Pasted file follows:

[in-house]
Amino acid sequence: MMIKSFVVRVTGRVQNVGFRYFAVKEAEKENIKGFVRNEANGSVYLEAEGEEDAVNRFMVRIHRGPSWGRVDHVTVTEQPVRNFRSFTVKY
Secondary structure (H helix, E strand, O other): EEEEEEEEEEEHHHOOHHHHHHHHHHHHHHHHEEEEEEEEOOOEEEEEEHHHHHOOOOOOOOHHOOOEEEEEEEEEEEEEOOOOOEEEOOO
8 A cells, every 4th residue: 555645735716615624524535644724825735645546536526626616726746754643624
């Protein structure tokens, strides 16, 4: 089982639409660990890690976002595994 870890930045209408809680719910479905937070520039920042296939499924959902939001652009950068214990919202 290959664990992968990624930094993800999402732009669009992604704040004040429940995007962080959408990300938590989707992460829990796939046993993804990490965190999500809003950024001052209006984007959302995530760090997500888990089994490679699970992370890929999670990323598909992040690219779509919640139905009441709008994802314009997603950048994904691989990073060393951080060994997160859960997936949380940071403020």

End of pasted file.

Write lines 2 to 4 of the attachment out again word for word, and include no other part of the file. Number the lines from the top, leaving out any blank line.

Amino acid sequence: MMIKSFVVRVTGRVQNVGFRYFAVKEAEKENIKGFVRNEANGSVYLEAEGEEDAVNRFMVRIHRGPSWGRVDHVTVTEQPVRNFRSFTVKY
Secondary structure (H helix, E strand, O other): EEEEEEEEEEEHHHOOHHHHHHHHHHHHHHHHEEEEEEEEOOOEEEEEEHHHHHOOOOOOOOHHOOOEEEEEEEEEEEEEOOOOOEEEOOO
8 A cells, every 4th residue: 555645735716615624524535644724825735645546536526626616726746754643624